Uber’s Shift-y Work
Uber promotes the idea that drivers enjoy total freedom from working flexible schedules. Their advertisements boast that “freedom pays weekly” and you can “be your own boss” and “choose your hours.”
But, Uber’s heat maps, real-time and predictive messages, and hourly guarantees all indicate that drivers should work at particular places at particular times. Surge pricing communicates this message through nudges and messaging, but hourly guarantees are more explicit tools for labor logistics management. Select drivers are invited to opt-in to guaranteed hourly fares if they meet stricter working conditions.
Example 1: the guarantee requires drivers to work specific shifts, from 6am-9am, and 4pm-7pm; to accept 90% of ride requests; complete 1 trip her hour; and be online 50 minutes of every hour. Although it is not stated in this texted message alert, hourly guarantees usually require drivers to receive high ratings on all trips. That information isn’t always included in shorter messages, like texts.
Example 2: Uber offered what is effectively shift work to drivers in Austin if they work 6am-10am and 4pm-8pm Monday to Thursday, and 7am-12pm and 6pm-3am, and meet a series of conditions, which includes maintaining a rating of 4.7/5 stars during the guaranteed period.
If drivers have to be online and available for work for 50 minutes of every hour, and they have to accept nearly all ride requests, they are effectively prohibited from working for multiple other services, like Lyft, but they’re not explicitly instructed to avoid it.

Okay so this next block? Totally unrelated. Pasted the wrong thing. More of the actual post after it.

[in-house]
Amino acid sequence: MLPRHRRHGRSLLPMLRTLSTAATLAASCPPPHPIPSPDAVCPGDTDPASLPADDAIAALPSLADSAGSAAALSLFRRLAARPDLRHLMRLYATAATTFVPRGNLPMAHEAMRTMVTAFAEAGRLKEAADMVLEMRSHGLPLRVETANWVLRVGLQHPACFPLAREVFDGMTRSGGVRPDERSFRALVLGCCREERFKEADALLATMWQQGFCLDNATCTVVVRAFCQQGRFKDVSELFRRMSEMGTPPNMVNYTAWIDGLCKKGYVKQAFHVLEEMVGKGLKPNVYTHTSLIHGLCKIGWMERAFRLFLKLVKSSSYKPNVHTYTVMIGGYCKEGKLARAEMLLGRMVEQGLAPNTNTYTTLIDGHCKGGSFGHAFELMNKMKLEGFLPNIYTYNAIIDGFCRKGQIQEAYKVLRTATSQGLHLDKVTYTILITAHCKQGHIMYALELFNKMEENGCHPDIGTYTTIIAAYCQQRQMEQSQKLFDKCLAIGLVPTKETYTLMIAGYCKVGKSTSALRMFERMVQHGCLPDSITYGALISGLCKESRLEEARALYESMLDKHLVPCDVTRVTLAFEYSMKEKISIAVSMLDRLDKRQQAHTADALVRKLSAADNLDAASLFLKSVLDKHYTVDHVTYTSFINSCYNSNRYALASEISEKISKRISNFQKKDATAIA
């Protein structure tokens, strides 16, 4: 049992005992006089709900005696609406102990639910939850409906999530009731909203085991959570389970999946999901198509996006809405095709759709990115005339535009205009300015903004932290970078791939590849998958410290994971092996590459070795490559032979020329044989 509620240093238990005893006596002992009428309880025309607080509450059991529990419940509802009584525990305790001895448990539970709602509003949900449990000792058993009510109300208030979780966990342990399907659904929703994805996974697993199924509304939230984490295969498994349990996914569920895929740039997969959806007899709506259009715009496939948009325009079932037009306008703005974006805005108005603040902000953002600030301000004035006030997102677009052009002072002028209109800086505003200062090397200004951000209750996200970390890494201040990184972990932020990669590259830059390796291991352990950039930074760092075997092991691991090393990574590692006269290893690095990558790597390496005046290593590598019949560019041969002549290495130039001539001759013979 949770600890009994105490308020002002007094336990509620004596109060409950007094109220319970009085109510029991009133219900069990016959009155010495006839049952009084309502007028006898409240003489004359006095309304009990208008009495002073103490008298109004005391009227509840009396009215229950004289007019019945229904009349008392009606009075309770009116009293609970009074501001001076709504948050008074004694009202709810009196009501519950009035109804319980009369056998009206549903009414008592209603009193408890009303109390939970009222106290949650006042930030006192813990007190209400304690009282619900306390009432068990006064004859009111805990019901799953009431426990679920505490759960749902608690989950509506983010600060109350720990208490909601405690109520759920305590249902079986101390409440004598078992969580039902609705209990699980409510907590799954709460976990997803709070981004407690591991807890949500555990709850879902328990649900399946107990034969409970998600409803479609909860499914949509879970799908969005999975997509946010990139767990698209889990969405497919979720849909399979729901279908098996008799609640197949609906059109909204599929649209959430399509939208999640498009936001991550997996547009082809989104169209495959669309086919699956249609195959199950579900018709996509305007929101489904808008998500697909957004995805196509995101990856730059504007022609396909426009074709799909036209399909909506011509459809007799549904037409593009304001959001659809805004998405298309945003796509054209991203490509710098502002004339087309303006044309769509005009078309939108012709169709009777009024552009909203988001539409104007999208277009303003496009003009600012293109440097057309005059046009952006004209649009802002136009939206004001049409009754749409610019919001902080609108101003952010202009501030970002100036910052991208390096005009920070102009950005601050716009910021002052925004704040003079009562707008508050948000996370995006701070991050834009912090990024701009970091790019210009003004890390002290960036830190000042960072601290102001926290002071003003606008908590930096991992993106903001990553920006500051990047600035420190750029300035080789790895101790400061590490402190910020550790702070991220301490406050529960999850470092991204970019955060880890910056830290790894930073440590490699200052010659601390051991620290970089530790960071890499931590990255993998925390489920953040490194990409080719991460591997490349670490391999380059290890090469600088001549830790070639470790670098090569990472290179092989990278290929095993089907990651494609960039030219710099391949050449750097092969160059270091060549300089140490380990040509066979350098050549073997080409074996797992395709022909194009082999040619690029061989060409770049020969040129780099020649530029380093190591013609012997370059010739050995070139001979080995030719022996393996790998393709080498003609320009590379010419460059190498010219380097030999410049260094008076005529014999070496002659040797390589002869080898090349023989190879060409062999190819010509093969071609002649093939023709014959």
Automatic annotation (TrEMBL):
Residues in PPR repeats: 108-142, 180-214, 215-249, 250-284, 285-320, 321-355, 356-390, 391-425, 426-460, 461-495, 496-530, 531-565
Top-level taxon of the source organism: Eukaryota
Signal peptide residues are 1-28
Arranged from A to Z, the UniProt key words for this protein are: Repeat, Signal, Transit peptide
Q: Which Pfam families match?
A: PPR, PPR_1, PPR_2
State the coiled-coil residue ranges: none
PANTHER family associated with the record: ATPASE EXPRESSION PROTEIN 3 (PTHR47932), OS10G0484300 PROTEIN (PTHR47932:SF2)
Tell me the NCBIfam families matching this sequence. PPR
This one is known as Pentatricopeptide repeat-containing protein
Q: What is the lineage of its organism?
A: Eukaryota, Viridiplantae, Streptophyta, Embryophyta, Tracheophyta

When Uber sets low rates for routine work, incentive-based pay steers drivers into working under much stricter and less flexible conditions.*
For example, Uber unilaterally implemented rate cuts that affected 100 US and Canadian cities after New Year’s 2016. Some drivers report that with rate cuts, it’s no longer worthwhile for them to drive unless there is an added incentive, such as surge pricing.
Thus, Uber leverages control over drivers’ schedules while simultaneously sustaining the idea that drivers enjoy total freedom from working flexible schedules.
The regular occurrence of surge pricing along with heat maps of passenger activity and affective messaging all work as behavioral engagement tools that impact how drivers schedule their work, and their effects are amplified when low base rates result in unreliable income, undercutting the “freedom” that drivers have to login and log-out at-will.
Surge pricing is displayed to drivers through a type of heat map visualization, where the algorithmic assessment of supply and demand will temporarily raise fares for a particular geographic location.
Visible to both riders and drivers, the creation of such surge pricing zones is billed by Uber as a means to ensure positive customer experience by enticing new supply to an area of high demand. Surge pricing, however, is unreliable: notably, pricing is based on what a passenger sees on screen in their location, not a driver’s position. Drivers travel to surge pricing zones in search of fares advertised at a given rate, but they can and do receive ride requests from passengers in other, adjacent areas. A driver may enter a zone that is surging at 3.5x, but receive ride requests at a lower surge rate, such as 1.5 based on the passenger’s (not the driver’s) location.